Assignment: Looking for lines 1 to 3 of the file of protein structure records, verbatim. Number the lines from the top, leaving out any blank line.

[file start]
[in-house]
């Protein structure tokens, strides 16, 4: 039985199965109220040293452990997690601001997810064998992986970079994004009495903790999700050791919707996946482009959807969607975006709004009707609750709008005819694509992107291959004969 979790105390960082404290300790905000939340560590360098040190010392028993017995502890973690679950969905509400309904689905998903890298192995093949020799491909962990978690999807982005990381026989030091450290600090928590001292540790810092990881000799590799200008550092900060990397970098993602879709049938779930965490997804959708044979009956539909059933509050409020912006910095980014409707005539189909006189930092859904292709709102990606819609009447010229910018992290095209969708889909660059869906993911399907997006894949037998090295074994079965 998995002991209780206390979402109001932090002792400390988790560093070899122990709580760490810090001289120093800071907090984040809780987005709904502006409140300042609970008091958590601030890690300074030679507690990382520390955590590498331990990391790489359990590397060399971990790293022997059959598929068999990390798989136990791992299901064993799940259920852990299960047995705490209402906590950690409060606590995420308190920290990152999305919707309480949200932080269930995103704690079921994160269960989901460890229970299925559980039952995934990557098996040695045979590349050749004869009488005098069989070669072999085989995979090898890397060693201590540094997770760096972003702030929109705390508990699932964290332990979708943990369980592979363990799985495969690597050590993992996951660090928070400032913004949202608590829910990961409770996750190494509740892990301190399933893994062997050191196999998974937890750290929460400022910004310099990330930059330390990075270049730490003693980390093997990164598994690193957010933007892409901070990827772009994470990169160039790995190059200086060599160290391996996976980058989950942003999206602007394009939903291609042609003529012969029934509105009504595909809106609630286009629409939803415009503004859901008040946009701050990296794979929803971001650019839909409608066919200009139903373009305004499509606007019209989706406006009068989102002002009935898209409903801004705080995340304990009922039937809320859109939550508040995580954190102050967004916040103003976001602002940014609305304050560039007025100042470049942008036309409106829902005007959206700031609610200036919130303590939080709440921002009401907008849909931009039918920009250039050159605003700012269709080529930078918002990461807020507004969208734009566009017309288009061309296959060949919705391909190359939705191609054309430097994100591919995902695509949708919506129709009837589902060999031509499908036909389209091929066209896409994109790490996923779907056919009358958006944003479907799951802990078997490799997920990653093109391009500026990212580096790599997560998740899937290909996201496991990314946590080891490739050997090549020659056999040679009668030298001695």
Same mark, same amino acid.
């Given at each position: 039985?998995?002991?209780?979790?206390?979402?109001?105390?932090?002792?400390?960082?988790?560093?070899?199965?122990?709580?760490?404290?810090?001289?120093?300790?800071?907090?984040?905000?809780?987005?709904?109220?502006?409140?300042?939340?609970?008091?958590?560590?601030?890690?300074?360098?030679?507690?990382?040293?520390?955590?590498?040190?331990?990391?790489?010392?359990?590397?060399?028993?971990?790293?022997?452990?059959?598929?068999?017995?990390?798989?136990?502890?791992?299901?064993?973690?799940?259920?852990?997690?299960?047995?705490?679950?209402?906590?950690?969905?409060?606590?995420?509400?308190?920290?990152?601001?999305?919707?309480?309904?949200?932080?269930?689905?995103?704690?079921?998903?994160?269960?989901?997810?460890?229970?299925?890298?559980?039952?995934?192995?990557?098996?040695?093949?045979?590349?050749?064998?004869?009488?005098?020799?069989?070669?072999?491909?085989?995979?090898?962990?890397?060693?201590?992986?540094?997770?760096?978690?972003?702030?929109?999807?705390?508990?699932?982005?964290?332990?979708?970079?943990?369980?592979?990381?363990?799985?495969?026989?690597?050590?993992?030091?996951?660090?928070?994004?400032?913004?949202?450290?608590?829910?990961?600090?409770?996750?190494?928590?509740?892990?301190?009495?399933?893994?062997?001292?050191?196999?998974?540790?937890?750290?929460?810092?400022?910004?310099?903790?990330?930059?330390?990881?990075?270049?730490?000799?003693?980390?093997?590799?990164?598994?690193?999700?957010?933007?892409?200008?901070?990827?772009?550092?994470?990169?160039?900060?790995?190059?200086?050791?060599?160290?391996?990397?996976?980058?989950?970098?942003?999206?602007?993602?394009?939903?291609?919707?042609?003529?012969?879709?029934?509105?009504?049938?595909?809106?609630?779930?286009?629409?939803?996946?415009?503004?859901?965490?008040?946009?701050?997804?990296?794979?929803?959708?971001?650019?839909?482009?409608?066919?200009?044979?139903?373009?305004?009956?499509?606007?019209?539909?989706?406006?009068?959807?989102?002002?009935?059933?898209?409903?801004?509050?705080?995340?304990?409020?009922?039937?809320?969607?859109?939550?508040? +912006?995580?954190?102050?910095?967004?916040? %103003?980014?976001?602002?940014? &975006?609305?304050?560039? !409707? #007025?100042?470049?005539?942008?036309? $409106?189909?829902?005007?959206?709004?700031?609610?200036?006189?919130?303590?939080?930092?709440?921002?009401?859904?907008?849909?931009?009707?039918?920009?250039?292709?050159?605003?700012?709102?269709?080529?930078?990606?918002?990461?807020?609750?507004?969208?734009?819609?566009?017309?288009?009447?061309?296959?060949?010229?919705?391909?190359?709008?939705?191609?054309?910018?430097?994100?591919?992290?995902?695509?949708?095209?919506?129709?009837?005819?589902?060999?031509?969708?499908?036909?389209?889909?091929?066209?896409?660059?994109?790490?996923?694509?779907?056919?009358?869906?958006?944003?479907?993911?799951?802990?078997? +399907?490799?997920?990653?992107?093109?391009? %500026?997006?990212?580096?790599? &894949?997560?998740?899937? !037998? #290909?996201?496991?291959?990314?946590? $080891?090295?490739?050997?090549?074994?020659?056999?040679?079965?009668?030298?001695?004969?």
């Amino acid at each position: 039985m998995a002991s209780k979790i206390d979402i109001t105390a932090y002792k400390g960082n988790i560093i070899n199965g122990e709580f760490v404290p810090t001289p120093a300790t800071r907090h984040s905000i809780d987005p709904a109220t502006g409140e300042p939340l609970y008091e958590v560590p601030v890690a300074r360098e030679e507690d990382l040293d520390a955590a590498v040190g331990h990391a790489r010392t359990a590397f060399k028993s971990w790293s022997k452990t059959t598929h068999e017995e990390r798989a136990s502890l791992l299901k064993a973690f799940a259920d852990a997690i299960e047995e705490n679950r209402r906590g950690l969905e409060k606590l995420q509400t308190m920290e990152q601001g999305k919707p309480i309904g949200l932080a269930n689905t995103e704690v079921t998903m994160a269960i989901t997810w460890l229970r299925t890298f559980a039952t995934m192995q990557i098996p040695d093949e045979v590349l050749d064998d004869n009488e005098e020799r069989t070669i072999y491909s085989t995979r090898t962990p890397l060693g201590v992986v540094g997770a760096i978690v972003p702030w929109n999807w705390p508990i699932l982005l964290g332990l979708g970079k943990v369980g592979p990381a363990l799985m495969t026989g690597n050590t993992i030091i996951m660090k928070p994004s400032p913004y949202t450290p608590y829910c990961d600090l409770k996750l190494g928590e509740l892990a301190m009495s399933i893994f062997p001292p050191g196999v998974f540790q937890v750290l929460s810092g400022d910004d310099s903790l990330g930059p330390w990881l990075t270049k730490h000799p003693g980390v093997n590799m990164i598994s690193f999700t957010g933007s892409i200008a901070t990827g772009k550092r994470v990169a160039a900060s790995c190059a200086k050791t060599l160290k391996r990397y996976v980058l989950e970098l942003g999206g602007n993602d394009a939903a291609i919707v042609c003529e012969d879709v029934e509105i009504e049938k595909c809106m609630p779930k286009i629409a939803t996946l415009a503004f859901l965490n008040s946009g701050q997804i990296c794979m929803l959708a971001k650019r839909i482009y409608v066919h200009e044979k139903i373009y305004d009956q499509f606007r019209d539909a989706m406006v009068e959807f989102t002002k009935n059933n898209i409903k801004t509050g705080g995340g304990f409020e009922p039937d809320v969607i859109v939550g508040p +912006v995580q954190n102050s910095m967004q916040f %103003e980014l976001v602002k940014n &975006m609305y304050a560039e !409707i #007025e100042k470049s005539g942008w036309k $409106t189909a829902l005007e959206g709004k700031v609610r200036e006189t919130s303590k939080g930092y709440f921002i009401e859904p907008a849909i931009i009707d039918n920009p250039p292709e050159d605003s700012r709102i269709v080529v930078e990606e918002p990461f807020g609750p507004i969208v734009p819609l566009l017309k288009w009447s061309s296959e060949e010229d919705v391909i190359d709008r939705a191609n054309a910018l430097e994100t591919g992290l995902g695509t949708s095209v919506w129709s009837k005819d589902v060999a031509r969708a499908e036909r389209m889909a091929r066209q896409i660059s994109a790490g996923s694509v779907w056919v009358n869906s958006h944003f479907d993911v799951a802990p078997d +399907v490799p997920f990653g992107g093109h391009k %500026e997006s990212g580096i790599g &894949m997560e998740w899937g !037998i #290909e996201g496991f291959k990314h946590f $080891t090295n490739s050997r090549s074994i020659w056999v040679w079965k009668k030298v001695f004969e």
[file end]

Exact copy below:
[in-house]
């Protein structure tokens, strides 16, 4: 039985199965109220040293452990997690601001997810064998992986970079994004009495903790999700050791919707996946482009959807969607975006709004009707609750709008005819694509992107291959004969 979790105390960082404290300790905000939340560590360098040190010392028993017995502890973690679950969905509400309904689905998903890298192995093949020799491909962990978690999807982005990381026989030091450290600090928590001292540790810092990881000799590799200008550092900060990397970098993602879709049938779930965490997804959708044979009956539909059933509050409020912006910095980014409707005539189909006189930092859904292709709102990606819609009447010229910018992290095209969708889909660059869906993911399907997006894949037998090295074994079965 998995002991209780206390979402109001932090002792400390988790560093070899122990709580760490810090001289120093800071907090984040809780987005709904502006409140300042609970008091958590601030890690300074030679507690990382520390955590590498331990990391790489359990590397060399971990790293022997059959598929068999990390798989136990791992299901064993799940259920852990299960047995705490209402906590950690409060606590995420308190920290990152999305919707309480949200932080269930995103704690079921994160269960989901460890229970299925559980039952995934990557098996040695045979590349050749004869009488005098069989070669072999085989995979090898890397060693201590540094997770760096972003702030929109705390508990699932964290332990979708943990369980592979363990799985495969690597050590993992996951660090928070400032913004949202608590829910990961409770996750190494509740892990301190399933893994062997050191196999998974937890750290929460400022910004310099990330930059330390990075270049730490003693980390093997990164598994690193957010933007892409901070990827772009994470990169160039790995190059200086060599160290391996996976980058989950942003999206602007394009939903291609042609003529012969029934509105009504595909809106609630286009629409939803415009503004859901008040946009701050990296794979929803971001650019839909409608066919200009139903373009305004499509606007019209989706406006009068989102002002009935898209409903801004705080995340304990009922039937809320859109939550508040995580954190102050967004916040103003976001602002940014609305304050560039007025100042470049942008036309409106829902005007959206700031609610200036919130303590939080709440921002009401907008849909931009039918920009250039050159605003700012269709080529930078918002990461807020507004969208734009566009017309288009061309296959060949919705391909190359939705191609054309430097994100591919995902695509949708919506129709009837589902060999031509499908036909389209091929066209896409994109790490996923779907056919009358958006944003479907799951802990078997490799997920990653093109391009500026990212580096790599997560998740899937290909996201496991990314946590080891490739050997090549020659056999040679009668030298001695």
Same mark, same amino acid.